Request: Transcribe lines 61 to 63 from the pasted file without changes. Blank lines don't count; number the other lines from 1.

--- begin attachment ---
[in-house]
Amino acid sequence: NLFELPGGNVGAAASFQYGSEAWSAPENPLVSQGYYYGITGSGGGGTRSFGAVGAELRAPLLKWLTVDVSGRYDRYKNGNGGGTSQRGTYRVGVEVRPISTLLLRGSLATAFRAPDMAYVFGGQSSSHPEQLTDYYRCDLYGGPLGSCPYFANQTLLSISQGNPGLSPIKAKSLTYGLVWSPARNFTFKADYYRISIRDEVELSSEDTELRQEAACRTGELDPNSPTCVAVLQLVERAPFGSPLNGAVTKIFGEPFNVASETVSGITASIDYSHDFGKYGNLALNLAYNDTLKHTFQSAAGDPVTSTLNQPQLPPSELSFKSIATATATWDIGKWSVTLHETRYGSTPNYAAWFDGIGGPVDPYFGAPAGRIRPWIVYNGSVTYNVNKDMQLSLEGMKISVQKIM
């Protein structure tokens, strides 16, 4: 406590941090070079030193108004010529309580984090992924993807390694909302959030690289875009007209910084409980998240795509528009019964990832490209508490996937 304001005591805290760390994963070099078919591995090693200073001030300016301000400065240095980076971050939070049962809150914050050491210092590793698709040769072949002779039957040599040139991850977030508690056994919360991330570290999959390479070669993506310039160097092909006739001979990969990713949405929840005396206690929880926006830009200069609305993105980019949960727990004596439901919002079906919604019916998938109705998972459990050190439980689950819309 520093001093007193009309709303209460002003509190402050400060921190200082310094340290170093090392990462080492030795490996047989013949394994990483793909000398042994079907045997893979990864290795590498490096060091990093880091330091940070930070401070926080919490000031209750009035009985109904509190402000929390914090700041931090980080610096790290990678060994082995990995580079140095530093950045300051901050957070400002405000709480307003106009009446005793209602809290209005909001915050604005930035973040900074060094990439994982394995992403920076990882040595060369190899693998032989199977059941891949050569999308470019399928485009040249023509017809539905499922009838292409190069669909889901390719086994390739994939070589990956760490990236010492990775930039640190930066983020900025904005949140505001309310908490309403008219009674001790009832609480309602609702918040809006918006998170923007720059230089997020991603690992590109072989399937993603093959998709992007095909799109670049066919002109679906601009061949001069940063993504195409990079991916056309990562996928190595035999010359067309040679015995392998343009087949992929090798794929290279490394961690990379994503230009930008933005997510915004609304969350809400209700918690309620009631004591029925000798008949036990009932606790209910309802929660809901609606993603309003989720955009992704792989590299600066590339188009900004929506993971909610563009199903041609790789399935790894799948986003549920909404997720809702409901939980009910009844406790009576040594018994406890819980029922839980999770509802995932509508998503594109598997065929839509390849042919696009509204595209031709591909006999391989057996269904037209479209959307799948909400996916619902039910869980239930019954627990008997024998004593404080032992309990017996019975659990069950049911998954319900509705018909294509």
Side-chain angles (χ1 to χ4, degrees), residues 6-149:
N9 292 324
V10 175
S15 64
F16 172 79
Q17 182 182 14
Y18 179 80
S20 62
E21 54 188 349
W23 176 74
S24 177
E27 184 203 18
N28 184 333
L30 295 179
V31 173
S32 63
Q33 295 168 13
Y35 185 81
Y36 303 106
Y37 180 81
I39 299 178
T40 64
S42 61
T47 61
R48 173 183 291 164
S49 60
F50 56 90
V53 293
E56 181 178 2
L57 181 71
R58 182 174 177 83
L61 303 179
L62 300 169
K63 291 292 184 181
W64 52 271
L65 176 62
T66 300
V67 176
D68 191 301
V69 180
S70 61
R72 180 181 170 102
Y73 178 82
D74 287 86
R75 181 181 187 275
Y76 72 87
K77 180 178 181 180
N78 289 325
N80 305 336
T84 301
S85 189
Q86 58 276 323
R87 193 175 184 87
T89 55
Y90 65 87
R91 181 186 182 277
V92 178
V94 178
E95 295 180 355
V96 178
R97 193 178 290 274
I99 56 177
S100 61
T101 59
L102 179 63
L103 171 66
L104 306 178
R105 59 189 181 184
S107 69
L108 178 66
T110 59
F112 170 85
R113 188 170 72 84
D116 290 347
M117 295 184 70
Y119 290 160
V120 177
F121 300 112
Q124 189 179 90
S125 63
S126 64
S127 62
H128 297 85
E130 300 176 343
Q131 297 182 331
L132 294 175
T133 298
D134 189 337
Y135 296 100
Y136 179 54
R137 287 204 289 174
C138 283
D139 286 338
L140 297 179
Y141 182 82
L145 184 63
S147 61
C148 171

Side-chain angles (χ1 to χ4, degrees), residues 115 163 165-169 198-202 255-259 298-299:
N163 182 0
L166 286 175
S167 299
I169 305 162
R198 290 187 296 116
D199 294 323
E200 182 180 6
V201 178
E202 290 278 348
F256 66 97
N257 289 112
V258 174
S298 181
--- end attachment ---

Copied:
V94 178
E95 295 180 355
V96 178